Russian Transporter (2008)

Rating: C-

Dir: Oleg Pogodin
Star: Vladimir Epifantsev, Sergey Astakhov, Olga Fadeeva, Yuriy Solomin
a.k.a. Man of East, or The Invincible

A fairly shameless bit of retitling, though to the Russian maker’s credit, it seems to belong more to the Western distributor. I can see the similarities, with Epifantsev playing a very Jason Statham-like character in Egor Kremnyov. He is part of a team assigned to go to Malta and pick up a key witness, Shering (Astakhov), in a corruption case. The rest of Kremnyov’s team get slaughtered on arrival, but he manages to find the witness, and take him to safety. Getting Shering off the island, however, will be a different matter, with both of their descriptions now circulated to the Maltese underworld, as the subject of the case tries to make sure there will be no incriminating testimony.

It isn’t quite as simple at that. There’s a mole in Egor’s organization, feeding information to those hunting him. To help, his boss sends another operative, Nadezhda Orlova (Fadeeva). Yet, can she be trusted, or is she part of the problem? For it’s curious that, as Egor discovers, those hunting him and Shering are under instructions for Shering to be captured alive, rather than just taken out of the picture. There seems to be more to this situation than meets the eye. Ah, who cares? Let’s have another chase, fist-fight or someone getting killed (in impressive fashion, it has to be said) by a gigantic falling chandelier.

To be honest, that’s the only time that this really comes alive, Pogodin has an enthusiasm for carnage that almost (but not quite) papers over the limited attention given to characters and plot. I was most amused by the way Egor uses his incredible bullet-proof suitcase to fend off attackers (top). They, in turn, seem physically incapable of directing fire at the roughly 80% of large Russian gentleman which is not protected by said luggage. If Samsonite weren’t one of the producers of this movie, they were missing an opportunity. In the general area of action, it’s likely the equal of any Hollywood B-movie, and makes good use of the streets and alleys around the Maltese capital, Valletta, as well as Epifantsev’s considerable physical presence. You sense his character probably has a Vladimir Putin poster hanging in his bedroom.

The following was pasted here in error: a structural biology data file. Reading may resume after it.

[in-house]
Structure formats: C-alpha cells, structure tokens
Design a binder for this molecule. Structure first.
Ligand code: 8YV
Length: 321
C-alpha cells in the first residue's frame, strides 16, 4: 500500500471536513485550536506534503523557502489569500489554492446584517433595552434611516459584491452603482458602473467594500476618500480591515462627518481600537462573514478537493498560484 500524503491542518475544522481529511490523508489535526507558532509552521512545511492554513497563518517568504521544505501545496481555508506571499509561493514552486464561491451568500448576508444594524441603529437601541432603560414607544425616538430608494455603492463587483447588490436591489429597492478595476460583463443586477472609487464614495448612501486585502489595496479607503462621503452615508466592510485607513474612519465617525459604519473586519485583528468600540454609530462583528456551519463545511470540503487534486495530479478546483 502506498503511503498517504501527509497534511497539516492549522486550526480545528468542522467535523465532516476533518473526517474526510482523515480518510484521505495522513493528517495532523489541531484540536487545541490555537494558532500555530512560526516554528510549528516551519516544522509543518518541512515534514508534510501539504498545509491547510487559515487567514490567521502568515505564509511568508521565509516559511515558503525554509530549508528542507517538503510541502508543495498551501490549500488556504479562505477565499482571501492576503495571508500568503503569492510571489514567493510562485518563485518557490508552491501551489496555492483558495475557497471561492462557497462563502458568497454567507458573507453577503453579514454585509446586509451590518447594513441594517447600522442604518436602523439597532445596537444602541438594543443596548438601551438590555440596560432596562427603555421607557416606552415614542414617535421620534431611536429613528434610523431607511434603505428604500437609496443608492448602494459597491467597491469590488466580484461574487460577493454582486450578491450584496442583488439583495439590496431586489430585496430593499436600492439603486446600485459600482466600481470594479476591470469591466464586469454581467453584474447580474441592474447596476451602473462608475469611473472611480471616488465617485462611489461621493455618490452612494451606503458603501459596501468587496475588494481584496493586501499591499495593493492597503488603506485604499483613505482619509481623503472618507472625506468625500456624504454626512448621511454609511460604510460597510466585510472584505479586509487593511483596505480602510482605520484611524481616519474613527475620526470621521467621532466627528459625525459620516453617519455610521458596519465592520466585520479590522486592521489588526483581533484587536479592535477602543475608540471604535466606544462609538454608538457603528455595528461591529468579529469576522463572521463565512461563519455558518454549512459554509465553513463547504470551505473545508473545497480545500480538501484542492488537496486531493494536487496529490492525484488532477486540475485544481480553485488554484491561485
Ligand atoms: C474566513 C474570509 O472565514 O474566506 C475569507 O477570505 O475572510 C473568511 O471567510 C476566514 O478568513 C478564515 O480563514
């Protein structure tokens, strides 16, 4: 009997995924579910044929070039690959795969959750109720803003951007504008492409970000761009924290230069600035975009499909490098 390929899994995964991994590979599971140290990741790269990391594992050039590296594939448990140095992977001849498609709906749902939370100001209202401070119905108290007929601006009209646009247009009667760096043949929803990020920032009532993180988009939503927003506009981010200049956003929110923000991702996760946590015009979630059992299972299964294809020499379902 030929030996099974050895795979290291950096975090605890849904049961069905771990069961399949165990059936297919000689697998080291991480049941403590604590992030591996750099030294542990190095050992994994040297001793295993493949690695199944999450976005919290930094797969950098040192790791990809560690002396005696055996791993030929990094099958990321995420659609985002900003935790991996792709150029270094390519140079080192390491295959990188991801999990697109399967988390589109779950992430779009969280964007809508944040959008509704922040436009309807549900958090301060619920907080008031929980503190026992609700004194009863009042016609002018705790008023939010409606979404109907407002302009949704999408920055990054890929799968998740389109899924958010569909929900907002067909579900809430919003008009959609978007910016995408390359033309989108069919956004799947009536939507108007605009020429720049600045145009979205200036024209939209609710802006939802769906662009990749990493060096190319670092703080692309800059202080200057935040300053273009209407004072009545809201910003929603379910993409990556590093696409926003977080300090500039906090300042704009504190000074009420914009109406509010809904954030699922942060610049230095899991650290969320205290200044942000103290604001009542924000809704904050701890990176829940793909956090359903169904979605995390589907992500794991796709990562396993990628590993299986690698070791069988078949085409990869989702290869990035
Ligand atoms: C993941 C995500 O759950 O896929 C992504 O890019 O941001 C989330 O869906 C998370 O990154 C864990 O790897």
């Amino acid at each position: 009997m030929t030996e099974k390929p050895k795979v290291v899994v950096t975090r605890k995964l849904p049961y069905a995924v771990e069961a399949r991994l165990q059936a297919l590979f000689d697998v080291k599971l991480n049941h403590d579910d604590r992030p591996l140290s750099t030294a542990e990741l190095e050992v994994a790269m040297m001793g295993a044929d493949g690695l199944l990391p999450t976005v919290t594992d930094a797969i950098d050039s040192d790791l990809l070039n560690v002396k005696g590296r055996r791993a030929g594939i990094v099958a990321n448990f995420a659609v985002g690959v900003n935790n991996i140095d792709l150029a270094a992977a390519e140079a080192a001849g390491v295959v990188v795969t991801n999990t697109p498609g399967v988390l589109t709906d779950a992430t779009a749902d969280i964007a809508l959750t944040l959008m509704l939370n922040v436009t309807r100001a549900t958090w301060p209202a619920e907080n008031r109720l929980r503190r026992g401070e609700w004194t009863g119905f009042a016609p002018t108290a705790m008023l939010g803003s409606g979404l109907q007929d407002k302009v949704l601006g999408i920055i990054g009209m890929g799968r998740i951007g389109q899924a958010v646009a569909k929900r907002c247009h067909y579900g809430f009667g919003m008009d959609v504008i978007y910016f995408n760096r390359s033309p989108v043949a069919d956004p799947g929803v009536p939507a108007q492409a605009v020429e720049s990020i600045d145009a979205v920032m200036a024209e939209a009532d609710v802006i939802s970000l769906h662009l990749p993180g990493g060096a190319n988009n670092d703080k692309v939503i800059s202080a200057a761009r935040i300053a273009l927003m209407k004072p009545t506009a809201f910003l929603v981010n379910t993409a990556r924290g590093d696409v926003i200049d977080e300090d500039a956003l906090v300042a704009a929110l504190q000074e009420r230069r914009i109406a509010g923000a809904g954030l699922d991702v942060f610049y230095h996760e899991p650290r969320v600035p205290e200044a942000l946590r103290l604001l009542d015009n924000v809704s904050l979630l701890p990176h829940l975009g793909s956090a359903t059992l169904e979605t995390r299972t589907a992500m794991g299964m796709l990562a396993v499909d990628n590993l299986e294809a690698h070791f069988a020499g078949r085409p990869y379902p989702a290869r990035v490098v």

However, when the bullets, fists and chandeliers aren’t flying, it’s considerably less entertaining. There’s an effort to create some kind of relationship between Kremnyov and Shering, that falls staggeringly flat. Maybe in Russia, shooting someone in the leg is some kind of spiritual bonding? Similarly, Orlovva appears to be present purely to avoid the two men getting too close to gay subtext. The plot is boilerplate conspiratorial nonsense, and proves almost impossible to give a damn about. Indeed, I actually spent one particularly wordy period filling out my COVID-19 vaccination form. This is not what I’d call preferred behaviour during an action film. Slap this on in the background, get your vodka in, and it’ll be tolerable.